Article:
The case of Haycocks v ADP RPO UK Ltd is a useful reminder of the principles governing a fair redundancy consultation process.

The Claimant in this case was part of a 16-strong in-house recruitment team and the employer proposed to reduce the team. The manager was given a scoring matrix against which they scored all 16 employees. The scoring process took place before the employer decided how many redundancies that it proposed to make. It eventually proposed two redundancies including the Claimant. He was invited to a consultation meeting at which he was asked to suggest alternatives to redundancy. Following consultation, there was a further meeting at which he was made redundant and his appeal against redundancy was unsuccessful.

The Employment Tribunal rejected his claim for unfair dismissal, but this was overturned on appeal to the EAT.

The EAT found that the Claimant had been unfairly dismissed. They considered that the Tribunal had failed to address in its decision the absence of consultation at a “formative stage”: i.e. when it could make a difference. In this case, for example, the employer did not decide on the number of redundancies until 18 June 2020, and the first consultation meeting was on 30 June 2020, having carried out the scoring early in June 2020. There did not therefore seem to be a huge degree of urgency and no reason why the employees could not have been consulted about the scoring process before it was undertaken (and thus have the chance to suggest an alternative approach). The EAT's decision is not a radical departure from the general understanding that there must be reasonable consultation prior to redundancy dismissals. However, it is interesting that the EAT comments that a lot of the established case law on redundancies is old and that there may now be some different considerations:

  • More redundancies occur now in non-unionised workplaces than happened in the 1980s in which case law is grounded. Established case law, and legislation in relation to collective consultation requires trade unions to be consulted at a formative stage of proposals and the EAT here considered that this does not mean that an employee in a non-unionised workplace should only receive “individual consultation” at a late stage, as they do not therefore have the protection of being able to make suggestions while proposals are at an early stage.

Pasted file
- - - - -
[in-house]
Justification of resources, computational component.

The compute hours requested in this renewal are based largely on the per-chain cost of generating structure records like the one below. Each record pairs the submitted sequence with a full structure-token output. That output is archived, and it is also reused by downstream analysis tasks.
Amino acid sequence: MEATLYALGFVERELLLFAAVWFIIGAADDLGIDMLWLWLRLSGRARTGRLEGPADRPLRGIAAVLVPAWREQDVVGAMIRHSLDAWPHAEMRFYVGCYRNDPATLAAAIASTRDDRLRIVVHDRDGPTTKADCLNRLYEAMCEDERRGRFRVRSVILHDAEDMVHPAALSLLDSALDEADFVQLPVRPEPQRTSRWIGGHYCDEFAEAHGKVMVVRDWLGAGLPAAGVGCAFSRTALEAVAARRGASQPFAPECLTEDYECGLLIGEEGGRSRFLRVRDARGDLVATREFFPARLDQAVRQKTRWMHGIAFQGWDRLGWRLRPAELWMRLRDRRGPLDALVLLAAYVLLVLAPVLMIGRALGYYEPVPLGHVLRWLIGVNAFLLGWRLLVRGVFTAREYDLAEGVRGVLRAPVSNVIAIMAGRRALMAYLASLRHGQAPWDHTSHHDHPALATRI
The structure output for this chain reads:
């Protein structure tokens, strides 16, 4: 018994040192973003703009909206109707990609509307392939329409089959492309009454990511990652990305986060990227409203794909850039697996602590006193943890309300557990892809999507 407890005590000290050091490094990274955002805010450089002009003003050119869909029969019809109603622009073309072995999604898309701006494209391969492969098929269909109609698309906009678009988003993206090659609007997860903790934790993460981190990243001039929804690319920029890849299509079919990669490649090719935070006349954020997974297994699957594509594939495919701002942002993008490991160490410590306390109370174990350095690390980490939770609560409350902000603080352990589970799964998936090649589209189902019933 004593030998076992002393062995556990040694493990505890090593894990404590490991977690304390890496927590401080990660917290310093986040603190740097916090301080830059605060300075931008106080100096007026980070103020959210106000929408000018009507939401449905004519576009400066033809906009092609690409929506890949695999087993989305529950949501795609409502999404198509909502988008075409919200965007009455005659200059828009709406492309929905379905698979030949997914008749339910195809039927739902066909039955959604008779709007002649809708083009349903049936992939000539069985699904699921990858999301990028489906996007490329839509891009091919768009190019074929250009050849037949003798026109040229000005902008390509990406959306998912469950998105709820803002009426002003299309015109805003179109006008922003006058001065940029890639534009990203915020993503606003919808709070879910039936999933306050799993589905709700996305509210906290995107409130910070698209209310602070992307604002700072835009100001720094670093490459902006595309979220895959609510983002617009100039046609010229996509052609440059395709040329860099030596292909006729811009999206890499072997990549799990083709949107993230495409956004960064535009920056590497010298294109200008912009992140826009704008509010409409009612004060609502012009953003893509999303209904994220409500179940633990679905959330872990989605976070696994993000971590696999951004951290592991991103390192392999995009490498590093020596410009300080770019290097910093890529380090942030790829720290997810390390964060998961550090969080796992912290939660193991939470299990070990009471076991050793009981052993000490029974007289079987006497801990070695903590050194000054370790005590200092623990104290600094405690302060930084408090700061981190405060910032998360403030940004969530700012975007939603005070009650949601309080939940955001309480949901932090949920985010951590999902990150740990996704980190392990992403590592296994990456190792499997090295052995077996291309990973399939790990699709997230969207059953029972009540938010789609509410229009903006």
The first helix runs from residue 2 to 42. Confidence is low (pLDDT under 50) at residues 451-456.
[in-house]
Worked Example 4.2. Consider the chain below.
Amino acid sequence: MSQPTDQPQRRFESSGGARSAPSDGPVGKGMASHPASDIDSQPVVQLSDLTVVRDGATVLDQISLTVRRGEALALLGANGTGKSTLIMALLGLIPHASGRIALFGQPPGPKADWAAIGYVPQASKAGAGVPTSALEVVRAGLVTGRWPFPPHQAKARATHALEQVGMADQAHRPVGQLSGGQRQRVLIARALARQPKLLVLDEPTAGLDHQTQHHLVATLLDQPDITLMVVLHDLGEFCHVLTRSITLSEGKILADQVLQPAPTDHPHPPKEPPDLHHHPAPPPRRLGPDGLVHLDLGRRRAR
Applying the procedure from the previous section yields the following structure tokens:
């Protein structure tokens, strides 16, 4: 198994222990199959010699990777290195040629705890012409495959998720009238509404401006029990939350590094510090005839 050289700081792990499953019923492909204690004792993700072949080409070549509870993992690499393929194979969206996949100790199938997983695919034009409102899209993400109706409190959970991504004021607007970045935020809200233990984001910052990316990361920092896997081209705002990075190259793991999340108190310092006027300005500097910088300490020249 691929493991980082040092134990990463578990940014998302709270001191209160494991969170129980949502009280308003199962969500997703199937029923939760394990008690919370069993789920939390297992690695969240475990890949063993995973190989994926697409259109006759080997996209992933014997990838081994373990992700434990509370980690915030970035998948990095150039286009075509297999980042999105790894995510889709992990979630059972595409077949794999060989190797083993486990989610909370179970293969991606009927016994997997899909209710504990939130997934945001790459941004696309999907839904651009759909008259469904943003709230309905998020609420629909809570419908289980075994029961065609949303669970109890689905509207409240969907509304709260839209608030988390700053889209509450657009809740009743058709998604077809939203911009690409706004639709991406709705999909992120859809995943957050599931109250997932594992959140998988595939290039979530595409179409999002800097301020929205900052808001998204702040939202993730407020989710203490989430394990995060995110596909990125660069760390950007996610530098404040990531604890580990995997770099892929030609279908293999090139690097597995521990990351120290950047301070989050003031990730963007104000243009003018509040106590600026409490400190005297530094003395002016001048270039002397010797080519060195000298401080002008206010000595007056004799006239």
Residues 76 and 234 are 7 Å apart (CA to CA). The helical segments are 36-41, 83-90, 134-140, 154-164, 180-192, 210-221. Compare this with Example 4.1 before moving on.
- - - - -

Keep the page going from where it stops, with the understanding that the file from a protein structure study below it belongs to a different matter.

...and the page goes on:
• It is more common now to have an international dimension to businesses and redundancy decisions. The employer in this case was the UK subsidiary of a US business and it was the US business who had provided the suggested selection criteria. This international dimension heightened the need for consultation with employees at an early stage so that they had the opportunity to challenge and question the US approach before it was too late.

Employers commencing redundancy processes, whether collective or individual, should not neglect the requirements of a reasonable consultation process, starting at an early stage.

If you have any queries you would like to discuss regarding early redundancy consultation please contact Rena Magdani or Matt McBride.

The content of this page is a summary of the law in force at the date of publication and is not exhaustive, nor does it contain definitive advice. Specialist legal advice should be sought in relation to any queries that may arise.

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